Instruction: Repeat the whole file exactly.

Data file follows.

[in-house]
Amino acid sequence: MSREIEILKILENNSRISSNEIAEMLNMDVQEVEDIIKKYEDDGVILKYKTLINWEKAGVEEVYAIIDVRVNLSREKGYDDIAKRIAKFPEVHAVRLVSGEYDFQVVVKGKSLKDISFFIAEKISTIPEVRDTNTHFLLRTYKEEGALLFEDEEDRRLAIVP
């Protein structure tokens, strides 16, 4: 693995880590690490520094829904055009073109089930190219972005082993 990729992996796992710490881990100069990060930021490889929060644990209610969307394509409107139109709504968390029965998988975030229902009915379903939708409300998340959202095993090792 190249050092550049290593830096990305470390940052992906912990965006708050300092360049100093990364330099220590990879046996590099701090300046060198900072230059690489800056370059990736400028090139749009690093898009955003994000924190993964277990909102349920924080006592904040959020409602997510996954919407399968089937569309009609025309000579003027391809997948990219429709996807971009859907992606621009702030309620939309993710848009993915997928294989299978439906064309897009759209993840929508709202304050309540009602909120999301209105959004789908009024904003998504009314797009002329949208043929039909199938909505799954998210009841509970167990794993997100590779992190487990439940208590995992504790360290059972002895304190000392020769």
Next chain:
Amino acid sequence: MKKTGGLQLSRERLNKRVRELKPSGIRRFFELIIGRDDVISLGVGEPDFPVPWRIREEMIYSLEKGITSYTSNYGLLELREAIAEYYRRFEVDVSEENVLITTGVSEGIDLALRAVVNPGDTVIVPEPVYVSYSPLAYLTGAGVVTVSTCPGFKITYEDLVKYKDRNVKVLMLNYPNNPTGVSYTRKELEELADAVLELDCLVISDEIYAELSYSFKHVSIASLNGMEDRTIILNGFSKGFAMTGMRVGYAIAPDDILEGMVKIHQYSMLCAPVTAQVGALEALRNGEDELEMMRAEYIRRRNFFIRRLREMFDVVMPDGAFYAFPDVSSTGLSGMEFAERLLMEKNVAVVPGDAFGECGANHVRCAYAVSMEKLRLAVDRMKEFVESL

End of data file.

[in-house]
Amino acid sequence: MSREIEILKILENNSRISSNEIAEMLNMDVQEVEDIIKKYEDDGVILKYKTLINWEKAGVEEVYAIIDVRVNLSREKGYDDIAKRIAKFPEVHAVRLVSGEYDFQVVVKGKSLKDISFFIAEKISTIPEVRDTNTHFLLRTYKEEGALLFEDEEDRRLAIVP
């Protein structure tokens, strides 16, 4: 693995880590690490520094829904055009073109089930190219972005082993 990729992996796992710490881990100069990060930021490889929060644990209610969307394509409107139109709504968390029965998988975030229902009915379903939708409300998340959202095993090792 190249050092550049290593830096990305470390940052992906912990965006708050300092360049100093990364330099220590990879046996590099701090300046060198900072230059690489800056370059990736400028090139749009690093898009955003994000924190993964277990909102349920924080006592904040959020409602997510996954919407399968089937569309009609025309000579003027391809997948990219429709996807971009859907992606621009702030309620939309993710848009993915997928294989299978439906064309897009759209993840929508709202304050309540009602909120999301209105959004789908009024904003998504009314797009002329949208043929039909199938909505799954998210009841509970167990794993997100590779992190487990439940208590995992504790360290059972002895304190000392020769």
Next chain:
Amino acid sequence: MKKTGGLQLSRERLNKRVRELKPSGIRRFFELIIGRDDVISLGVGEPDFPVPWRIREEMIYSLEKGITSYTSNYGLLELREAIAEYYRRFEVDVSEENVLITTGVSEGIDLALRAVVNPGDTVIVPEPVYVSYSPLAYLTGAGVVTVSTCPGFKITYEDLVKYKDRNVKVLMLNYPNNPTGVSYTRKELEELADAVLELDCLVISDEIYAELSYSFKHVSIASLNGMEDRTIILNGFSKGFAMTGMRVGYAIAPDDILEGMVKIHQYSMLCAPVTAQVGALEALRNGEDELEMMRAEYIRRRNFFIRRLREMFDVVMPDGAFYAFPDVSSTGLSGMEFAERLLMEKNVAVVPGDAFGECGANHVRCAYAVSMEKLRLAVDRMKEFVESL